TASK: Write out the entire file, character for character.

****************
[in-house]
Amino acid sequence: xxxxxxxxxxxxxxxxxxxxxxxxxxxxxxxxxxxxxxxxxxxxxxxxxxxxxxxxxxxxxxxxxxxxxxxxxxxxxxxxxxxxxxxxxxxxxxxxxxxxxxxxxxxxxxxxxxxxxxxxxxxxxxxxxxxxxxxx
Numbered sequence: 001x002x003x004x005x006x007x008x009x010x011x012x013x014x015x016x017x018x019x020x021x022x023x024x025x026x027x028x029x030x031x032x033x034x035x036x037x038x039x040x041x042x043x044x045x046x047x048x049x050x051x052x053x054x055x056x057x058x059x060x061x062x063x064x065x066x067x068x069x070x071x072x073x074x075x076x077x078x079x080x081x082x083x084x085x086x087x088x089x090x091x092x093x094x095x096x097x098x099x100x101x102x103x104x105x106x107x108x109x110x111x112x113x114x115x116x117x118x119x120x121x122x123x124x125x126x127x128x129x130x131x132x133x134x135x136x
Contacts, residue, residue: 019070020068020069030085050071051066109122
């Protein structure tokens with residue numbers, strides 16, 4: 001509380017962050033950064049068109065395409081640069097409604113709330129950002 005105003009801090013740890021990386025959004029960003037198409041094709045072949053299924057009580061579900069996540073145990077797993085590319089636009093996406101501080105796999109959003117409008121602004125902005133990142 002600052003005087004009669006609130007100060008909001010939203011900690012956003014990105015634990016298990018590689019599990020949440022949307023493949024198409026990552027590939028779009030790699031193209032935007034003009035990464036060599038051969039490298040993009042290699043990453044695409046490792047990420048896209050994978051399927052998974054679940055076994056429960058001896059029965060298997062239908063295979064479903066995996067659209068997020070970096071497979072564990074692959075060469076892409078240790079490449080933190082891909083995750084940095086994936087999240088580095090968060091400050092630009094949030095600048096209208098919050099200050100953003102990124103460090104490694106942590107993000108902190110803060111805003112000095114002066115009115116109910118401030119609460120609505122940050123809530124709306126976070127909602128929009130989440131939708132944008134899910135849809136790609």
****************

[in-house]
Amino acid sequence: xxxxxxxxxxxxxxxxxxxxxxxxxxxxxxxxxxxxxxxxxxxxxxxxxxxxxxxxxxxxxxxxxxxxxxxxxxxxxxxxxxxxxxxxxxxxxxxxxxxxxxxxxxxxxxxxxxxxxxxxxxxxxxxxxxxxxxxx
Numbered sequence: 001x002x003x004x005x006x007x008x009x010x011x012x013x014x015x016x017x018x019x020x021x022x023x024x025x026x027x028x029x030x031x032x033x034x035x036x037x038x039x040x041x042x043x044x045x046x047x048x049x050x051x052x053x054x055x056x057x058x059x060x061x062x063x064x065x066x067x068x069x070x071x072x073x074x075x076x077x078x079x080x081x082x083x084x085x086x087x088x089x090x091x092x093x094x095x096x097x098x099x100x101x102x103x104x105x106x107x108x109x110x111x112x113x114x115x116x117x118x119x120x121x122x123x124x125x126x127x128x129x130x131x132x133x134x135x136x
Contacts, residue, residue: 019070020068020069030085050071051066109122
């Protein structure tokens with residue numbers, strides 16, 4: 001509380017962050033950064049068109065395409081640069097409604113709330129950002 005105003009801090013740890021990386025959004029960003037198409041094709045072949053299924057009580061579900069996540073145990077797993085590319089636009093996406101501080105796999109959003117409008121602004125902005133990142 002600052003005087004009669006609130007100060008909001010939203011900690012956003014990105015634990016298990018590689019599990020949440022949307023493949024198409026990552027590939028779009030790699031193209032935007034003009035990464036060599038051969039490298040993009042290699043990453044695409046490792047990420048896209050994978051399927052998974054679940055076994056429960058001896059029965060298997062239908063295979064479903066995996067659209068997020070970096071497979072564990074692959075060469076892409078240790079490449080933190082891909083995750084940095086994936087999240088580095090968060091400050092630009094949030095600048096209208098919050099200050100953003102990124103460090104490694106942590107993000108902190110803060111805003112000095114002066115009115116109910118401030119609460120609505122940050123809530124709306126976070127909602128929009130989440131939708132944008134899910135849809136790609």